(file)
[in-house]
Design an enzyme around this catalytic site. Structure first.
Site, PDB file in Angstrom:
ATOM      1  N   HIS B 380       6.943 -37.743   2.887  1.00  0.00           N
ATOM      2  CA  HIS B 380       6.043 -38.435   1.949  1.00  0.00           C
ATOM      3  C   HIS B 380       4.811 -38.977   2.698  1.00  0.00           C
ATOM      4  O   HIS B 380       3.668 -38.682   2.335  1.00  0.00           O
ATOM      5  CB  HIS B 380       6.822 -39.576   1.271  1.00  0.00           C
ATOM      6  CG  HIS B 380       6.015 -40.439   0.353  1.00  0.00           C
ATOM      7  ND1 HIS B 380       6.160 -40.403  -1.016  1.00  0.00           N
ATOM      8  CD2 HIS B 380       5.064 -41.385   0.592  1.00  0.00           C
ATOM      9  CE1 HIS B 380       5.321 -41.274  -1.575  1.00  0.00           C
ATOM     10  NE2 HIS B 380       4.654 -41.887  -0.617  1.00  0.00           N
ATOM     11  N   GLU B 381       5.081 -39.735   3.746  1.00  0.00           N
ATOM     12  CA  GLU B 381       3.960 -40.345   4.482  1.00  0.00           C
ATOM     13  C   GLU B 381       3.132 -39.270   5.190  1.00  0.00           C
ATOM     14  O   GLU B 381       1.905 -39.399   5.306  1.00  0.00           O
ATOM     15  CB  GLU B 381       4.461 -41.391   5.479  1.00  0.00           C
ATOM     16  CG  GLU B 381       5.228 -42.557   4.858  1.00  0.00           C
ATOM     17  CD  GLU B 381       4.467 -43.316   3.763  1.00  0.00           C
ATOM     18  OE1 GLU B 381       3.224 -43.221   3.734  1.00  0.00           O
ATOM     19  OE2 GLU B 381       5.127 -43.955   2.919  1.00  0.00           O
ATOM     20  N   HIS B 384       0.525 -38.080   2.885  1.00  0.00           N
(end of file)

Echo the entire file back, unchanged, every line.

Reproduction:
[in-house]
Design an enzyme around this catalytic site. Structure first.
Site, PDB file in Angstrom:
ATOM      1  N   HIS B 380       6.943 -37.743   2.887  1.00  0.00           N
ATOM      2  CA  HIS B 380       6.043 -38.435   1.949  1.00  0.00           C
ATOM      3  C   HIS B 380       4.811 -38.977   2.698  1.00  0.00           C
ATOM      4  O   HIS B 380       3.668 -38.682   2.335  1.00  0.00           O
ATOM      5  CB  HIS B 380       6.822 -39.576   1.271  1.00  0.00           C
ATOM      6  CG  HIS B 380       6.015 -40.439   0.353  1.00  0.00           C
ATOM      7  ND1 HIS B 380       6.160 -40.403  -1.016  1.00  0.00           N
ATOM      8  CD2 HIS B 380       5.064 -41.385   0.592  1.00  0.00           C
ATOM      9  CE1 HIS B 380       5.321 -41.274  -1.575  1.00  0.00           C
ATOM     10  NE2 HIS B 380       4.654 -41.887  -0.617  1.00  0.00           N
ATOM     11  N   GLU B 381       5.081 -39.735   3.746  1.00  0.00           N
ATOM     12  CA  GLU B 381       3.960 -40.345   4.482  1.00  0.00           C
ATOM     13  C   GLU B 381       3.132 -39.270   5.190  1.00  0.00           C
ATOM     14  O   GLU B 381       1.905 -39.399   5.306  1.00  0.00           O
ATOM     15  CB  GLU B 381       4.461 -41.391   5.479  1.00  0.00           C
ATOM     16  CG  GLU B 381       5.228 -42.557   4.858  1.00  0.00           C
ATOM     17  CD  GLU B 381       4.467 -43.316   3.763  1.00  0.00           C
ATOM     18  OE1 GLU B 381       3.224 -43.221   3.734  1.00  0.00           O
ATOM     19  OE2 GLU B 381       5.127 -43.955   2.919  1.00  0.00           O
ATOM     20  N   HIS B 384       0.525 -38.080   2.885  1.00  0.00           N